After witnessing two national elections during three months in Baghdad, my Army unit moved north to Samarra, where we spent eight months sowing the seeds of progress. While we had success in uprooting the insurgency and building the local government, it wasn't enough. We had just enough troops to control Samarra and secure ourselves, but not enough to bring lasting stability or security. "Not enough" became the story of my year in Iraq.Check out the entire commentary. Hegseth notes that he hasn't lost his optimism on making gains in the war, but he questions the current "bare minimum" approach to troop levels. I too have long worried that our deployment is too light. I still believe, though, that our goals are worthy in Iraq, and that American policy can be a force for good in the region. Yet we should stay the course only if we are willing to defeat the insurgency. Without progress against the rising violence and sectarian barbarism, success will fall further and further from grasp, and public support will continue a steady erosion, until a majority calls for an abrupt withdrawal from the country.
The future of Samarra, and Iraq as a whole, ultimately lies in the hands of her people--their sympathies are the ultimate prize in this war. No matter how many insurgents we kill, city leaders we meet or policemen we enlist, it is all for naught if we cannot provide security and stability. Tribal sheikhs told us that even within Samarra--deep in the Sunni triangle--a vast majority of people just want peace and order and will side with whoever can provide it. Right now Samarrans rightfully question who that will be.
The end goal in Samarra is for Iraqis to do everything for themselves. But their government and security forces are not ready. Insurgents use death threats and murder to assert power over anyone working with the City Council or joining the police force. This atmosphere forces moderate Samarrans to keep their mouths shut, and their silence abets the insurgents who live and fight in Samarra. Despite killing scores of insurgents, we are unable to provide lasting security, and so the Samarran street slips away.
Two things are to blame for our predicament, one a corollary of the other. The first reason is that we did not have enough troops in Samarra. The skill and courage of 150 American soldiers prevented chaos, but was never enough to fully secure a city of 120,000 people or maintain the rule of law. The soldiers in the city were preoccupied with defending themselves and conducting night raids, and were therefore largely unable to regularly patrol during the day--thus giving insurgents reign to move freely and intimidate the local population. A visitor in Samarra on an average day would be hard-pressed to point out a single American humvee traversing local neighborhoods. The same is true for Baghdad.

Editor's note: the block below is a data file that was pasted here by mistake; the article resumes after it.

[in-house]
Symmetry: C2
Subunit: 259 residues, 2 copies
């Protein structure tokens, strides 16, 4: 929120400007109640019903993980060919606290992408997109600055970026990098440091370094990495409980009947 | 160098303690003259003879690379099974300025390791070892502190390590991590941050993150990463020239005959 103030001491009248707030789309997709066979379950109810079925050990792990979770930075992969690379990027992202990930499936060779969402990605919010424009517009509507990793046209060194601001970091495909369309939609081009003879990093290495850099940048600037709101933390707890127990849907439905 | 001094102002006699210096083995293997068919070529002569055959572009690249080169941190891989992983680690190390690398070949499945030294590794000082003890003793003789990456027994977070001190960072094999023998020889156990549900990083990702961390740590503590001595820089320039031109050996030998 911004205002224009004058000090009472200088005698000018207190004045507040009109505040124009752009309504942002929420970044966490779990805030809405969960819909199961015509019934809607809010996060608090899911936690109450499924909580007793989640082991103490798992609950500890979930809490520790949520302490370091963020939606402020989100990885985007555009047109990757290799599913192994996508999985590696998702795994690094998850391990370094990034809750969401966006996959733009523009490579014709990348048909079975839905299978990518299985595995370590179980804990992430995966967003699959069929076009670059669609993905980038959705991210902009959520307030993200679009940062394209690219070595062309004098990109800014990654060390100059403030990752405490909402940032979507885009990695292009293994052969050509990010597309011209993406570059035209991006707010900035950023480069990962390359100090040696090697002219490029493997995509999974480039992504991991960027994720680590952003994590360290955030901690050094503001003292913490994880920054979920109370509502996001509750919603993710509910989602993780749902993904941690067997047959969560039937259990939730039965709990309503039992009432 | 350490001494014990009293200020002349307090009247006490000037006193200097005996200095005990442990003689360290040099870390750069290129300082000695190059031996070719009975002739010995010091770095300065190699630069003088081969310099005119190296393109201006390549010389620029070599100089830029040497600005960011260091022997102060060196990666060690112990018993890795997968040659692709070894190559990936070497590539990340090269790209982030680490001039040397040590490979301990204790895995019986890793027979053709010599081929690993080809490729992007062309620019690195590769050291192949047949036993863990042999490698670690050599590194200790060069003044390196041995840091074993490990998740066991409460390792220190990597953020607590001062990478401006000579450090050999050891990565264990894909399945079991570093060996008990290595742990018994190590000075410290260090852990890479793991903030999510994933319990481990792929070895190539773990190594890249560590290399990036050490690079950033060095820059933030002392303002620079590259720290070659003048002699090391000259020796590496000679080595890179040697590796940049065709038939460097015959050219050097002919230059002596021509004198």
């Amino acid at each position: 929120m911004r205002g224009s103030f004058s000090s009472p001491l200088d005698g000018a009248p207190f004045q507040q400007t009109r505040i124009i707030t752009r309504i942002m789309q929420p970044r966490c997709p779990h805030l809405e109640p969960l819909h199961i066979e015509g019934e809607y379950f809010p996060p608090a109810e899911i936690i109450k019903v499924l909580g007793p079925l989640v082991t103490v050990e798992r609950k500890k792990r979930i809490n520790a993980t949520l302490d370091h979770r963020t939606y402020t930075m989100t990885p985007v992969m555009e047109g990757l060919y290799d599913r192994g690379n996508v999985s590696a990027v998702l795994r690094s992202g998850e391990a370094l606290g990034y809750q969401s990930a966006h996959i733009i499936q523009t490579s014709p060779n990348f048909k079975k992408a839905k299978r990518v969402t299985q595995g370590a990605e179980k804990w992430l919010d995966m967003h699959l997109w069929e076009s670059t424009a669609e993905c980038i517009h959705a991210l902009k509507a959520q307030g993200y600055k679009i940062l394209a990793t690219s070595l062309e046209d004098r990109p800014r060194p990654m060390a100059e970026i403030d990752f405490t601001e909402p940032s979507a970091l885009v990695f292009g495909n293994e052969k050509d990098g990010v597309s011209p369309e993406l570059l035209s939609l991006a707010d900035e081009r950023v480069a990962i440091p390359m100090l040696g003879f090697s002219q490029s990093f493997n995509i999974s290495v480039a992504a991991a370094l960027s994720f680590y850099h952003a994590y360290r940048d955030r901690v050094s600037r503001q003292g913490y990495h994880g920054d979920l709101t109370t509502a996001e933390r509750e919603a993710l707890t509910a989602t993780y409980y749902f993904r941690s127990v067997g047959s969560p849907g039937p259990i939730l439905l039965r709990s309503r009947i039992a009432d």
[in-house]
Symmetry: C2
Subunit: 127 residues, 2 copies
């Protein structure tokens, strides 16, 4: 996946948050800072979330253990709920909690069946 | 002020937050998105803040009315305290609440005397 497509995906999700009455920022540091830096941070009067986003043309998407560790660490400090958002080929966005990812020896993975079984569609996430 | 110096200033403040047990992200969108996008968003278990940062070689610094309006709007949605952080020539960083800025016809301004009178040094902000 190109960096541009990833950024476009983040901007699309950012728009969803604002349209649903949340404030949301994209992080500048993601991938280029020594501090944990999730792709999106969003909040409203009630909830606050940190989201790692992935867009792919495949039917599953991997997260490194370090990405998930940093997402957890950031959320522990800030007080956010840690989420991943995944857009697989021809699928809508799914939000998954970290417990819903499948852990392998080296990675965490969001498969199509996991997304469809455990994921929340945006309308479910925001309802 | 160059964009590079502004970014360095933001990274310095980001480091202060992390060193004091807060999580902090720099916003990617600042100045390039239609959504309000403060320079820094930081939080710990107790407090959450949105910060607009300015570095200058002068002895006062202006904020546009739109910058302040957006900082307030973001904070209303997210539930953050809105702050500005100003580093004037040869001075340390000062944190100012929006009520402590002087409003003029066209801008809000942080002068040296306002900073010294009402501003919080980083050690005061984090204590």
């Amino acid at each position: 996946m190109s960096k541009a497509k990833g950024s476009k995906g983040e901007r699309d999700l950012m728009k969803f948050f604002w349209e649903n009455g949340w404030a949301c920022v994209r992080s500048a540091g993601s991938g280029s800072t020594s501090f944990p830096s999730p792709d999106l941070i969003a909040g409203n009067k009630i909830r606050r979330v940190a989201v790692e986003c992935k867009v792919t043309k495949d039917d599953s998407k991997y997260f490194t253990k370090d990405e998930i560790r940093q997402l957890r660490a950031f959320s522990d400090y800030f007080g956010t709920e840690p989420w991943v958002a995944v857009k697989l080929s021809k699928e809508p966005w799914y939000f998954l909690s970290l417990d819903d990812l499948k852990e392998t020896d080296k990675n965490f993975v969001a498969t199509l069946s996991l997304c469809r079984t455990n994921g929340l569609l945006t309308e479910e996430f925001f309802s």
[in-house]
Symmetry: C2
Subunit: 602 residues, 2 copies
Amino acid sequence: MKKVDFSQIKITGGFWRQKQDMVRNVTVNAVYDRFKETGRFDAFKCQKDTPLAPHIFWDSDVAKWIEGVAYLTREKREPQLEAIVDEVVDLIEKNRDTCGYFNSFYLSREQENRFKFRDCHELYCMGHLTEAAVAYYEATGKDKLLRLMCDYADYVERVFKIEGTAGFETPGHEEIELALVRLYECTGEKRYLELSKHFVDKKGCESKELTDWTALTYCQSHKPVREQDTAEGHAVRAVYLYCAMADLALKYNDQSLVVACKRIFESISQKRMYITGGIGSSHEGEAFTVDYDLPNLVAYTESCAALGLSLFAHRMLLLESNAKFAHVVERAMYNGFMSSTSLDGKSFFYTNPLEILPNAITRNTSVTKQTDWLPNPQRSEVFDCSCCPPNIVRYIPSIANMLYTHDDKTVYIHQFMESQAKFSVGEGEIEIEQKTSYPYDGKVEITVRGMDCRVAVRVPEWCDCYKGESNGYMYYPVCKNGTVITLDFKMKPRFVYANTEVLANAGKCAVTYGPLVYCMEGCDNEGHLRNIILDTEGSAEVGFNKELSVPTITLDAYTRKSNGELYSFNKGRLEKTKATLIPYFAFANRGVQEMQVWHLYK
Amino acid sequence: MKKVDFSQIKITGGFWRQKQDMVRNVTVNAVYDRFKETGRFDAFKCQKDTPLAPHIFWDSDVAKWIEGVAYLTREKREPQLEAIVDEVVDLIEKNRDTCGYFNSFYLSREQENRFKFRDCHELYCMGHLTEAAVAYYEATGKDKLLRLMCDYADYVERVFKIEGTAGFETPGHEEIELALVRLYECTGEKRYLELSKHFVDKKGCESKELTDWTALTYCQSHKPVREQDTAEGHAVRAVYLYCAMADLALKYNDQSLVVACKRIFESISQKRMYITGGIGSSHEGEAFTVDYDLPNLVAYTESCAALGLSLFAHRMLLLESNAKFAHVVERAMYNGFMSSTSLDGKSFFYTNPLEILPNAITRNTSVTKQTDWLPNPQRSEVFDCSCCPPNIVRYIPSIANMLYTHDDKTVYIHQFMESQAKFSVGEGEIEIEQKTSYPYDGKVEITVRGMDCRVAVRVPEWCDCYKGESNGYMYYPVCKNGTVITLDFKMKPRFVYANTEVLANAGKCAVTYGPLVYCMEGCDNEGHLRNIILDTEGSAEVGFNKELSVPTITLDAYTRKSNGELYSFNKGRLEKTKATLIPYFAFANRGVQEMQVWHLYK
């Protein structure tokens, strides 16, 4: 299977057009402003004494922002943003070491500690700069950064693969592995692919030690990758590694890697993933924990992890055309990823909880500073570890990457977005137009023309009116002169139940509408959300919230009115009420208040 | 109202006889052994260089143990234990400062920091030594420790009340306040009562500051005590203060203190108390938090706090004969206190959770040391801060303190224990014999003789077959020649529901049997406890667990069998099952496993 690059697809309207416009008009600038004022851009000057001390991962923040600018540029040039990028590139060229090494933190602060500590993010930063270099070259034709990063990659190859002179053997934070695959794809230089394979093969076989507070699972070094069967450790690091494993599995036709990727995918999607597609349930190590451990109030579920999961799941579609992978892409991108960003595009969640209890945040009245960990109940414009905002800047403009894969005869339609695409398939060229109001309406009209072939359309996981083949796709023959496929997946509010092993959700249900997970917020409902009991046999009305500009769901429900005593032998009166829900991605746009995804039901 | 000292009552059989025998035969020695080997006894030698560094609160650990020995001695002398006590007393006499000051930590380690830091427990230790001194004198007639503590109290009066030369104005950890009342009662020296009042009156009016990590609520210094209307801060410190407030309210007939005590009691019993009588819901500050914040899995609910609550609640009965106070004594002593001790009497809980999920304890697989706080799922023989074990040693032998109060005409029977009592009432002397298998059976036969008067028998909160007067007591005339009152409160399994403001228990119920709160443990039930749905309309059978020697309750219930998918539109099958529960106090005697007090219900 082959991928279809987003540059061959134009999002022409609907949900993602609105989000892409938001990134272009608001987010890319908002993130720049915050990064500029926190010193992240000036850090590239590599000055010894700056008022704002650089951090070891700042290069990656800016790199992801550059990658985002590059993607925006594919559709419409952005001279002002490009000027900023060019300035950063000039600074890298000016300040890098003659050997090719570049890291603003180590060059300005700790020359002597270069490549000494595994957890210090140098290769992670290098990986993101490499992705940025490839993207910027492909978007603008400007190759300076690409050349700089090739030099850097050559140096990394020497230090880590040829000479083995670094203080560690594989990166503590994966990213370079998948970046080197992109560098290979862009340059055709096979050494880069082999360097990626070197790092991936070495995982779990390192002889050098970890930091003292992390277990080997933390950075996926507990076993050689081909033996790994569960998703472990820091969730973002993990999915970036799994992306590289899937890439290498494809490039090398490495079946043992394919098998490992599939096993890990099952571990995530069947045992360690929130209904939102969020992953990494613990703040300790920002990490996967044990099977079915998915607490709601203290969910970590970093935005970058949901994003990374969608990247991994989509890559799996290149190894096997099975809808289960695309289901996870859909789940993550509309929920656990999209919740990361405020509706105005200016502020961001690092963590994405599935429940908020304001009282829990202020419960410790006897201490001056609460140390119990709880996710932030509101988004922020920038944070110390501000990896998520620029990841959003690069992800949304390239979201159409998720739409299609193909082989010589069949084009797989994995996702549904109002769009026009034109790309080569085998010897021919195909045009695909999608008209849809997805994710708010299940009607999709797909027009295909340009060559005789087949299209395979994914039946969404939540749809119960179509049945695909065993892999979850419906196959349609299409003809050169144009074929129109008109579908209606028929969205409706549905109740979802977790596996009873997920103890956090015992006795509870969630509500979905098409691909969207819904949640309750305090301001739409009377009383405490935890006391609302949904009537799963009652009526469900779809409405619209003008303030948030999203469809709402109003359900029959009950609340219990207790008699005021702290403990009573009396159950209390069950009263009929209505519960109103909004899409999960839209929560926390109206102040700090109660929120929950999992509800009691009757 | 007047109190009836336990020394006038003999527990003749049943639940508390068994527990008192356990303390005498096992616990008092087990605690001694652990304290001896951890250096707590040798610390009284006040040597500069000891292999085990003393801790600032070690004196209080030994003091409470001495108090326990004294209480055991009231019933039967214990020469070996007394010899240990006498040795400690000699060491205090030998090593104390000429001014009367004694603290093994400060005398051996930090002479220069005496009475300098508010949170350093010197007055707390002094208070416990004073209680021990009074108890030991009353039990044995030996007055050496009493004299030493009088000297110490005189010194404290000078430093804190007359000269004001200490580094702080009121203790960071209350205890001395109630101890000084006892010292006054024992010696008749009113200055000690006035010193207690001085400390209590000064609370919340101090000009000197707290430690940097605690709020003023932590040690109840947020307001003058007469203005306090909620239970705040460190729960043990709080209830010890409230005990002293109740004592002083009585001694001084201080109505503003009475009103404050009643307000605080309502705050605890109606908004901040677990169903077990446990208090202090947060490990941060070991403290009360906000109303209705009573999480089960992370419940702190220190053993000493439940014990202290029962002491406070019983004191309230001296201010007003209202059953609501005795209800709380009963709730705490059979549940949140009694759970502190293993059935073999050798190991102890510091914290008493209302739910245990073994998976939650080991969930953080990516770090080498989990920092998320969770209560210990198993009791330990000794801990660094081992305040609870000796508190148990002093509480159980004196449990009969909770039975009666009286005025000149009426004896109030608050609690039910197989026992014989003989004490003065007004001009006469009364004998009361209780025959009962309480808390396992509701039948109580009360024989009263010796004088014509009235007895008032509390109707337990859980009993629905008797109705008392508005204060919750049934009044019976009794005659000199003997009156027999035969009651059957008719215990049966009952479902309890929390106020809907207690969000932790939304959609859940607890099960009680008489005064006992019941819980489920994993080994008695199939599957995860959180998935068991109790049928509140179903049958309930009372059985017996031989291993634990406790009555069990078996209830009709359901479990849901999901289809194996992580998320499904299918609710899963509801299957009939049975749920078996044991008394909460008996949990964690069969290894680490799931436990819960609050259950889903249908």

Our four-vehicle civil-affairs patrol was often the only American presence deep inside the city and we were frequently greeted by locals with the question, "Where have you been?" Americans can't of course be omnipresent; but we should at least be there when it matters. When Americans are there, either the insurgents are not or they are on the losing side of a firefight.
Second, because of a lack of troops, American military leaders are forced to make a choice between mission objectives and self-preservation. Many of our leaders are opting to guard supply routes and coagulate on sprawling military bases, rather than consistently moving into dangerous areas and fighting the insurgency. In our case, we had 500 soldiers stationed outside Samarra who made infrequent trips into the city center. There is little reason why most of these troops were not stationed inside Samarra, canvassing every neighborhood with platoon-sized patrol bases and suffocating insurgent operations. Rather than take the risks necessary--like small patrol bases and frequent foot patrols--our unit opted to secure itself and its supply routes rather than commit resources inside the city. And while this approach is safer in the short run, it only prolongs mission accomplishment, ultimately endangering more troops. We often speculated our unit would be back next year, driving the same streets with even fewer guys.
In due time, the Iraqi Security Forces will take over Samarra, but they are not ready yet. If the Americans left today, the Iraqis would be co-opted by the insurgents--who are utterly ruthless, willing to kill family members of policemen or decapitate Iraqi soldiers to preserve disorder. It will take time. Both the Iraqi Army and Samarra Police need to get bloodied a bit and bounce back, proving their strength to the people. They will eventually be ready, but until then, security belongs to us.
I also understand calling for more troops is contrary to conventional thinking inside government and the military. Supporters of the current approach argue sending more troops would further inflame anti-American sentiment, incite more violence and retard independent progress. My experience suggests otherwise. American troops are tolerated, even welcomed when they effectively provide security; but their presence is cursed when it does not accompany progress. Violence persists not because American troops are present, but because our presence is futile. Many local leaders asked us, "How come the most powerful country in the world cannot defeat local criminals and thugs?" They suggested our failure was part of a larger conspiracy to keep the Iraqi people suffering.
Tuesday, October 03, 2006
The Case for More Troops in Iraq
First Lieutenant Pete Hegseth, who served with the 101st Airborne in Iraq, makes the case for additional troops on the ground in Iraq in an essay today at the Wall Street Journal. Hegseth suggests that perhaps there's been a breakdown in communication up the ranks on the need for more troops, and that the U.S. is hampered by its shortage of personnel for the deployment:
Posted by Donald Douglas at 3:18 PM